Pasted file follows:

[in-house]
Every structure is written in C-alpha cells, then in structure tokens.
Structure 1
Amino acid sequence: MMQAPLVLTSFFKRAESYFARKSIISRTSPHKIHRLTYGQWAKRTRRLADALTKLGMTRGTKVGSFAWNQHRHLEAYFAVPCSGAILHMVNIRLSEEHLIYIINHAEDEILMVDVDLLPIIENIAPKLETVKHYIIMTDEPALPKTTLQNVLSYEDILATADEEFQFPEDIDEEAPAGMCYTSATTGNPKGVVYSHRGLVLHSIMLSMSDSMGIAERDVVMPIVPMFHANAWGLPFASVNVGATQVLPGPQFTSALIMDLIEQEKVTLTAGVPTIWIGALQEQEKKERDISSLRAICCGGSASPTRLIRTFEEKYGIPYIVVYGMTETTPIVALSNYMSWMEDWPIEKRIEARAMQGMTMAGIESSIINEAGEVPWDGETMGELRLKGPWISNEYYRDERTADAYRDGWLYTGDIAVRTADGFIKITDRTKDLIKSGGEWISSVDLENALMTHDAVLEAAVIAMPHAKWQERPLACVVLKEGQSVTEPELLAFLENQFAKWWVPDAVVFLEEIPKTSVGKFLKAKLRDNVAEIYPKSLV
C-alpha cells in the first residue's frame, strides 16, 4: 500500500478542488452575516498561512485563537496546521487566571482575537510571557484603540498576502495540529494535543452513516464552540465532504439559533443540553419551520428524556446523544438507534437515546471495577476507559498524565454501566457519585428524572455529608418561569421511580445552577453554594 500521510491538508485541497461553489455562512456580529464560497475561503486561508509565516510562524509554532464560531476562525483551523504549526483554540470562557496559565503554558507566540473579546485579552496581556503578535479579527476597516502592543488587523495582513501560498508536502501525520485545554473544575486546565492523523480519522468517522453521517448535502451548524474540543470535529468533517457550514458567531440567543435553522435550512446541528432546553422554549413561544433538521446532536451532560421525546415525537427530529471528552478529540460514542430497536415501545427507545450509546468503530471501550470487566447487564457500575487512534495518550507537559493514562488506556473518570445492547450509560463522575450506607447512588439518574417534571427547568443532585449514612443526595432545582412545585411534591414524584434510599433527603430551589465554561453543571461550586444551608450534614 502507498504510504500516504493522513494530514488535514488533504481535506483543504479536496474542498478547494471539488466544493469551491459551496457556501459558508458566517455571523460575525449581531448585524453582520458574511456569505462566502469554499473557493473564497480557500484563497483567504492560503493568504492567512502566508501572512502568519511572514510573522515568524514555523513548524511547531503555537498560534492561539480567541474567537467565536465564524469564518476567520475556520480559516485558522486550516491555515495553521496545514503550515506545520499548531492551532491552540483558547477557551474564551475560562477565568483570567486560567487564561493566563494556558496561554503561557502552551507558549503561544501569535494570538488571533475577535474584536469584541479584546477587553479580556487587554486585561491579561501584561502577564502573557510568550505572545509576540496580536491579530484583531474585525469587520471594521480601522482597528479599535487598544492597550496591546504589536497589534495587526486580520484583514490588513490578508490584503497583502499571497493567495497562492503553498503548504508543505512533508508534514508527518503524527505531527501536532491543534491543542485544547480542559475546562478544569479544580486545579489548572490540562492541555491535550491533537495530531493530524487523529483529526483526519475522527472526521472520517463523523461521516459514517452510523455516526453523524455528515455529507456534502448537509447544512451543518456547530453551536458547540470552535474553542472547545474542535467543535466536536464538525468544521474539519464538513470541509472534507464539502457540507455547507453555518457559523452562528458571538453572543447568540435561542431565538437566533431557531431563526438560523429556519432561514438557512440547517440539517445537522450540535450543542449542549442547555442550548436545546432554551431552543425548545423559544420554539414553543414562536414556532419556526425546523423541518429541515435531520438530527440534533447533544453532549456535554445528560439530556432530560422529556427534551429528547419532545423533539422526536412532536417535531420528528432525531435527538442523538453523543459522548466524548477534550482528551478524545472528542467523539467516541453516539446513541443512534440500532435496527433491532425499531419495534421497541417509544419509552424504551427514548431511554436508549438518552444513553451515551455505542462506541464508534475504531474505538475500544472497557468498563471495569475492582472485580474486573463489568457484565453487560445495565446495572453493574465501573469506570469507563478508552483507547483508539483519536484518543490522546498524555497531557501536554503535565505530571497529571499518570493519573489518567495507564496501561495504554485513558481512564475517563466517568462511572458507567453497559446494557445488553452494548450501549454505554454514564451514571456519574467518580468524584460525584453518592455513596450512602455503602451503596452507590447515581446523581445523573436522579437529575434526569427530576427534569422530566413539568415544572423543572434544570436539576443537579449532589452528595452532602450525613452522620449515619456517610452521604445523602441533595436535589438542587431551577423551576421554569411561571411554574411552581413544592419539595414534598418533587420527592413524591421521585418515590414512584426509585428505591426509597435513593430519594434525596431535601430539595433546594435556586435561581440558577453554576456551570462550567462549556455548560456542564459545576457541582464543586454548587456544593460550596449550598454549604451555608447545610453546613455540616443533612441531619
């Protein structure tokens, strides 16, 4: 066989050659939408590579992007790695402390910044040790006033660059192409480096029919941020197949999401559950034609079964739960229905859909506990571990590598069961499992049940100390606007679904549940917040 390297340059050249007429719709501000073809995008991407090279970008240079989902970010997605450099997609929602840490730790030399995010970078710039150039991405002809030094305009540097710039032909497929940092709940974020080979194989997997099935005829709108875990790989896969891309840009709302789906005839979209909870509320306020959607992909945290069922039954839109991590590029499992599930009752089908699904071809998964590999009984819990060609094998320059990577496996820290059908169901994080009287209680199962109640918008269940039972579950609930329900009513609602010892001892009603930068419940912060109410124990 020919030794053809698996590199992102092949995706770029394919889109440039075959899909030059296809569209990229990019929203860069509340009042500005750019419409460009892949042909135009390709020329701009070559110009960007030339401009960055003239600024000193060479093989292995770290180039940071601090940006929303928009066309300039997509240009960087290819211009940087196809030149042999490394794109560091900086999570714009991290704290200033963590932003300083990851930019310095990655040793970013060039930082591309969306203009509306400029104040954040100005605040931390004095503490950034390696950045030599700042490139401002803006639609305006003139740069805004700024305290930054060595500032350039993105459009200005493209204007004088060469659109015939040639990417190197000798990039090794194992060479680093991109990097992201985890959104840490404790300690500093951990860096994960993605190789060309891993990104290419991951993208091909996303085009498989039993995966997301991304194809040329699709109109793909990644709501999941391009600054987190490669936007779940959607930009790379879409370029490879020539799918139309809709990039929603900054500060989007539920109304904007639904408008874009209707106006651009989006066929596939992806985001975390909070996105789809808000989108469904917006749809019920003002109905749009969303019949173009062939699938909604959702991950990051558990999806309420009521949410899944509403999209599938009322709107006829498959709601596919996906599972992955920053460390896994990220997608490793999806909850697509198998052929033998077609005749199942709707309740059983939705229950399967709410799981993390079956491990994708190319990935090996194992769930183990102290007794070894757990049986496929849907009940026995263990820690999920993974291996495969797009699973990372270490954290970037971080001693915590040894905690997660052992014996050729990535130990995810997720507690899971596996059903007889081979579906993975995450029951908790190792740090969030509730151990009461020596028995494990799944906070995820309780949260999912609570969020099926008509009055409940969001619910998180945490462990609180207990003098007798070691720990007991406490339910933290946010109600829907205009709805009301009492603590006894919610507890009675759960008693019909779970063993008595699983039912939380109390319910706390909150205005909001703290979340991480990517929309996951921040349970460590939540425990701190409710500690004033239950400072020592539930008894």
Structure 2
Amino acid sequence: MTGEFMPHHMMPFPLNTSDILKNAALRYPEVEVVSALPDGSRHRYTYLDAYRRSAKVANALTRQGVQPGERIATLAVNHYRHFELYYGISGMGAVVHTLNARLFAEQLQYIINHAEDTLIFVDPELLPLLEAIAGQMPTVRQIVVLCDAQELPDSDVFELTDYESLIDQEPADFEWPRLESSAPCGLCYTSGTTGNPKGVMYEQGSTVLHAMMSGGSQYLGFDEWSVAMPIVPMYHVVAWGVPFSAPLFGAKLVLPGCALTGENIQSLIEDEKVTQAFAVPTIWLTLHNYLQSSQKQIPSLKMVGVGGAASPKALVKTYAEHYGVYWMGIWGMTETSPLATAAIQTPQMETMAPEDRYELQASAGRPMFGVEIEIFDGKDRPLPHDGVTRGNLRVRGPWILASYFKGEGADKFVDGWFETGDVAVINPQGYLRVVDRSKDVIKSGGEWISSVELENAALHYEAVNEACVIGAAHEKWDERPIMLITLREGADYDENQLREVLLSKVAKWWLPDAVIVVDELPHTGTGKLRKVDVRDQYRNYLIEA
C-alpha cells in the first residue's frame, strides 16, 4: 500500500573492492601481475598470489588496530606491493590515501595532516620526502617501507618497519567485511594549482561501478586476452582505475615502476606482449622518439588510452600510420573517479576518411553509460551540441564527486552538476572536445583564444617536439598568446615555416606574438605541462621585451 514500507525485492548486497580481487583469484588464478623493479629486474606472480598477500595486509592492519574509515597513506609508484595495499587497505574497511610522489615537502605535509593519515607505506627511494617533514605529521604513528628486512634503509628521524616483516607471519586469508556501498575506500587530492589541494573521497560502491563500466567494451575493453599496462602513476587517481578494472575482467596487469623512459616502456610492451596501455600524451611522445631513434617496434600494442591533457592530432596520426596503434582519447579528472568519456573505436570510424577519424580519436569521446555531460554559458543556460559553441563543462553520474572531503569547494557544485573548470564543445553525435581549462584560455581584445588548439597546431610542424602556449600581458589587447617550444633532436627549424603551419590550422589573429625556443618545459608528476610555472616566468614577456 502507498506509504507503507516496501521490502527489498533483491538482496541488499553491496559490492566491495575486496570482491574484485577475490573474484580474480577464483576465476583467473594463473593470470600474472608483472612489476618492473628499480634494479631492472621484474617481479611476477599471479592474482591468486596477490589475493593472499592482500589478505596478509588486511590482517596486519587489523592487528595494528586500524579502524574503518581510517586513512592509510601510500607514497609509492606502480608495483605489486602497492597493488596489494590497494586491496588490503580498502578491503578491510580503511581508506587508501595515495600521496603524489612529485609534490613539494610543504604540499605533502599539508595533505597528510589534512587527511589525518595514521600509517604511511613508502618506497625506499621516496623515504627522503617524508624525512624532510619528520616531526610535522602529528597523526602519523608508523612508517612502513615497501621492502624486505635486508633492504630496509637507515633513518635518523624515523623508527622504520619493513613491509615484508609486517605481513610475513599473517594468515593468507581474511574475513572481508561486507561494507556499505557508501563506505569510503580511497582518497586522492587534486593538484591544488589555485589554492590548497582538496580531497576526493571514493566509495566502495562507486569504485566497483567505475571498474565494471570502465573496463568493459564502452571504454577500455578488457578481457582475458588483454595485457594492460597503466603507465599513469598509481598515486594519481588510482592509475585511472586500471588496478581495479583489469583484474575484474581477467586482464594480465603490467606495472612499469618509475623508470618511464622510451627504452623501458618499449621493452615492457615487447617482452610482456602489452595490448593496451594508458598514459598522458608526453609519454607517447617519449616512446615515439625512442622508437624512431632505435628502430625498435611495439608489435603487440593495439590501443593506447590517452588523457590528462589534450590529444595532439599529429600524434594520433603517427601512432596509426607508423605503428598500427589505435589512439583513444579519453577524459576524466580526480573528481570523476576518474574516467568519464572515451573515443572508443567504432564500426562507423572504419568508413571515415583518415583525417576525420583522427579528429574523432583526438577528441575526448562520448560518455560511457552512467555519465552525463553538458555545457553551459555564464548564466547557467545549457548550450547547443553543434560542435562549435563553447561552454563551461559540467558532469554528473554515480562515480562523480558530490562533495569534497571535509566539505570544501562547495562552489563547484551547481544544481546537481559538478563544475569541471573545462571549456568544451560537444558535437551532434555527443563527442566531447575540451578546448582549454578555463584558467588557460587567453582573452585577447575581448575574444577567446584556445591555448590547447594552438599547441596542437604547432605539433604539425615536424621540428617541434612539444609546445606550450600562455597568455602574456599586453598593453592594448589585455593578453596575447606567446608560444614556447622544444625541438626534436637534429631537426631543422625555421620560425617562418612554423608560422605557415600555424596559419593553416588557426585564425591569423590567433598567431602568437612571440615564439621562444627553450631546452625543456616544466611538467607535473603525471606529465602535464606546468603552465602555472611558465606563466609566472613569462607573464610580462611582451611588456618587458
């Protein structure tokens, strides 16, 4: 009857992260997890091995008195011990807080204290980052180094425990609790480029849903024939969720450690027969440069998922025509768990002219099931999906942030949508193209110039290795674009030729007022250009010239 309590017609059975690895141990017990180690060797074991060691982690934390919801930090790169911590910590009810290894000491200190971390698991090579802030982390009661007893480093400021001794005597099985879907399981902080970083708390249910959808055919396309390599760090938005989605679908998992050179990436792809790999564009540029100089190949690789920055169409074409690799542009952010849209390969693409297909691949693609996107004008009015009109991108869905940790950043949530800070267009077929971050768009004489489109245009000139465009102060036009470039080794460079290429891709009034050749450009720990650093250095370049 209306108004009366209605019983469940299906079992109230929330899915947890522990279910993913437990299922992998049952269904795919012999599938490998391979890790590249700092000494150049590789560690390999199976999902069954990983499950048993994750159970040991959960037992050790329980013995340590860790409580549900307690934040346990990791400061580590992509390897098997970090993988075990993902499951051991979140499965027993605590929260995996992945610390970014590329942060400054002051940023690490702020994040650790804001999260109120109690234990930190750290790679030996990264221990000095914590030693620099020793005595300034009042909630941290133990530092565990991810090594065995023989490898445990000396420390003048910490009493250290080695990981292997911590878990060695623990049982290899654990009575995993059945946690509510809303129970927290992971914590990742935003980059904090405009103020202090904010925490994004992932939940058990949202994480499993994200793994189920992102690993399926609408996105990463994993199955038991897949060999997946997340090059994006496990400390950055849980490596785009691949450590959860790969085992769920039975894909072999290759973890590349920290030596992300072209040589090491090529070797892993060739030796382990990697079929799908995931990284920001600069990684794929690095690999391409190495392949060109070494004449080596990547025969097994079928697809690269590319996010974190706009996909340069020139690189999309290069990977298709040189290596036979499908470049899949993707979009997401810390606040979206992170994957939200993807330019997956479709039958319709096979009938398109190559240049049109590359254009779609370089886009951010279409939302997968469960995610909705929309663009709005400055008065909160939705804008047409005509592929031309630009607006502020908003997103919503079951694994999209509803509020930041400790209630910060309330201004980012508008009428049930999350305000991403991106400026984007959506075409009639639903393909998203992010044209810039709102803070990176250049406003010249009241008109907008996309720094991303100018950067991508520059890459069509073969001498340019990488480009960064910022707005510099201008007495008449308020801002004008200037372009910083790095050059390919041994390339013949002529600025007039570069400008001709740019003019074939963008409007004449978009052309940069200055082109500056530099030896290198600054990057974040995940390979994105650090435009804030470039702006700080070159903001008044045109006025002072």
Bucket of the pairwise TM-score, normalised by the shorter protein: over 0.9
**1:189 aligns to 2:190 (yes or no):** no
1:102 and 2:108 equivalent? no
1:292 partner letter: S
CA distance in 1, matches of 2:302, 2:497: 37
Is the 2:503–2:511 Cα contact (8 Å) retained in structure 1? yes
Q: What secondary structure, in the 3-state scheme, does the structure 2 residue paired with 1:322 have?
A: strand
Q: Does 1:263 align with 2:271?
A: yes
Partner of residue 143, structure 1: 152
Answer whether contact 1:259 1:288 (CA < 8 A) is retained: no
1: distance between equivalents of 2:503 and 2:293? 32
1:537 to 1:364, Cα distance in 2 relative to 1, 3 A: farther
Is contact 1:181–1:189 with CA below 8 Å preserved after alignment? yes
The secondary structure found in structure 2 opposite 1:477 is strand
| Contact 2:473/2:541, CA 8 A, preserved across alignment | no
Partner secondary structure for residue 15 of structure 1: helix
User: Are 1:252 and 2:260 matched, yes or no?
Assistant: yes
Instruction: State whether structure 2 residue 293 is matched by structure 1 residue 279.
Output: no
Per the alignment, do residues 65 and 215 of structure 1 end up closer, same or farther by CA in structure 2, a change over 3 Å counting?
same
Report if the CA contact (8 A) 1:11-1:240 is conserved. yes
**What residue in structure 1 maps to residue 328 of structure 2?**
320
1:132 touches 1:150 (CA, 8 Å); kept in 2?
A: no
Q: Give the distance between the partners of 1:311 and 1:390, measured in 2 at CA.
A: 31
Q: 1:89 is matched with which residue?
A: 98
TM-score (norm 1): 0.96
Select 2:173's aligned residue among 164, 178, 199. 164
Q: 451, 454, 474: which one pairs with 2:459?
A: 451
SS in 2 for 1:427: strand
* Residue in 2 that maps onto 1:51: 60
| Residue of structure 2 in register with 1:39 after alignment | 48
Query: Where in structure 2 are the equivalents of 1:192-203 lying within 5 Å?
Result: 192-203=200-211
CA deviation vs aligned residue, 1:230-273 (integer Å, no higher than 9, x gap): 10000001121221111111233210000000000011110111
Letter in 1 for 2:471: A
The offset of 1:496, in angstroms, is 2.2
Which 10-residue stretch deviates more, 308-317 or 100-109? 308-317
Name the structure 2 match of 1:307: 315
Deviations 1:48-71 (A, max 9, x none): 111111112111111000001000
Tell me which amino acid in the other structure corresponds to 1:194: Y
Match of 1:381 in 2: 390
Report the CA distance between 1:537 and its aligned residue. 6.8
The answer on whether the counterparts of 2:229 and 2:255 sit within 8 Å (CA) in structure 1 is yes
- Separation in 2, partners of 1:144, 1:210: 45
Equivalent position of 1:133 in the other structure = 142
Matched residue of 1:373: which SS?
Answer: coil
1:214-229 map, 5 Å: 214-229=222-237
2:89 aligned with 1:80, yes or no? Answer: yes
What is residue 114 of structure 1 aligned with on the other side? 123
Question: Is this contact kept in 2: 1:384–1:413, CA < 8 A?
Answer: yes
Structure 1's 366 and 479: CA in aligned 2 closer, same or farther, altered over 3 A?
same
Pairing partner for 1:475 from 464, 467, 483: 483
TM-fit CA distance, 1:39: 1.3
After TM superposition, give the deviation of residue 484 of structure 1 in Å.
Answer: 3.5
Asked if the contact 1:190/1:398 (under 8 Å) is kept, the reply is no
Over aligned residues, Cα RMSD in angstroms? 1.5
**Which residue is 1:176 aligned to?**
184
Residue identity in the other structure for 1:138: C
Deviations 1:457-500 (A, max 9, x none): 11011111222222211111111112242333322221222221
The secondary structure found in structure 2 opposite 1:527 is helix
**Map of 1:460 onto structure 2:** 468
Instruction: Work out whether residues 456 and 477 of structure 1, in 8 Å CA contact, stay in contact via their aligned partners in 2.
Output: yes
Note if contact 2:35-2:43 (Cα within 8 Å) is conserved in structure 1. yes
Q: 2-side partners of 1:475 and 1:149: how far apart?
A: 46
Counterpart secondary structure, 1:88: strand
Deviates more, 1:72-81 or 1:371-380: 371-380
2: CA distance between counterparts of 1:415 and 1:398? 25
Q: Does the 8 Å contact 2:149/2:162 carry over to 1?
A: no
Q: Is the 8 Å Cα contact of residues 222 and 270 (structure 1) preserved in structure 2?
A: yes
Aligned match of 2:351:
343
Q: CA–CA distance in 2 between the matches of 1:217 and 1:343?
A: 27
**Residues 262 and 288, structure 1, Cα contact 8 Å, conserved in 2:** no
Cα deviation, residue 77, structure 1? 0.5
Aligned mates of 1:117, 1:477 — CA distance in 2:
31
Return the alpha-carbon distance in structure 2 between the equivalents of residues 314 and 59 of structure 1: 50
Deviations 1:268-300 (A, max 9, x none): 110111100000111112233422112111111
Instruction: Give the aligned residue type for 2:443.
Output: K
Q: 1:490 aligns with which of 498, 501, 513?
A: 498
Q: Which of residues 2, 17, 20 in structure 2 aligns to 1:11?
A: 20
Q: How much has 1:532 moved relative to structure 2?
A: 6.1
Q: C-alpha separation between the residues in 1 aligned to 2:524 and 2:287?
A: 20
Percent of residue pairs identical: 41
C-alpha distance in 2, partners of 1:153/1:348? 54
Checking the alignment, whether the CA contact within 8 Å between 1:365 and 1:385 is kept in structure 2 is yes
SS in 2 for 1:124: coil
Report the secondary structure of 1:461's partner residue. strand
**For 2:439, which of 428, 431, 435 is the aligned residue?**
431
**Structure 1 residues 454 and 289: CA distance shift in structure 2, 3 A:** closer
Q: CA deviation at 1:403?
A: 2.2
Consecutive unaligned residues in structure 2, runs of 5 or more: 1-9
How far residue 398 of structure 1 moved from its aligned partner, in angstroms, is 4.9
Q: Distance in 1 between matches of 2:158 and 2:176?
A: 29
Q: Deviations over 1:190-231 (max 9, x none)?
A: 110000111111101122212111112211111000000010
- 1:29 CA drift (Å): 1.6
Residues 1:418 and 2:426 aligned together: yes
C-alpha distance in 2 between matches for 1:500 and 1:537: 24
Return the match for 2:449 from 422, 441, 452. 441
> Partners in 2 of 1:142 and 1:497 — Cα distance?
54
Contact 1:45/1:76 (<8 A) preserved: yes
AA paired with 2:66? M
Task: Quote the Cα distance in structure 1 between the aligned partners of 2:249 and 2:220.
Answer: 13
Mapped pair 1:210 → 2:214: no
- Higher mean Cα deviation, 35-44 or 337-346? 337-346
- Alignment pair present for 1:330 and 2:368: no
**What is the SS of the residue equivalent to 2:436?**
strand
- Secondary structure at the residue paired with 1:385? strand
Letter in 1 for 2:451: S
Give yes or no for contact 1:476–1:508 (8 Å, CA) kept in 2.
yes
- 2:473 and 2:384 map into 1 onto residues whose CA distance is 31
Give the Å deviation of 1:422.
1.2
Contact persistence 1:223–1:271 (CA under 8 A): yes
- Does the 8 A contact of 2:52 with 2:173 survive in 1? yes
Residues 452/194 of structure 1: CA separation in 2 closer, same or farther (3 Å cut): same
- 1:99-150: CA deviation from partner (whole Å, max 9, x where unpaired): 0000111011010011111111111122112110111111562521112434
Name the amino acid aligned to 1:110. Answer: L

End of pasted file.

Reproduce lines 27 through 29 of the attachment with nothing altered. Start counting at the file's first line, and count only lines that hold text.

| Contact 2:473/2:541, CA 8 A, preserved across alignment | no
Partner secondary structure for residue 15 of structure 1: helix
User: Are 1:252 and 2:260 matched, yes or no?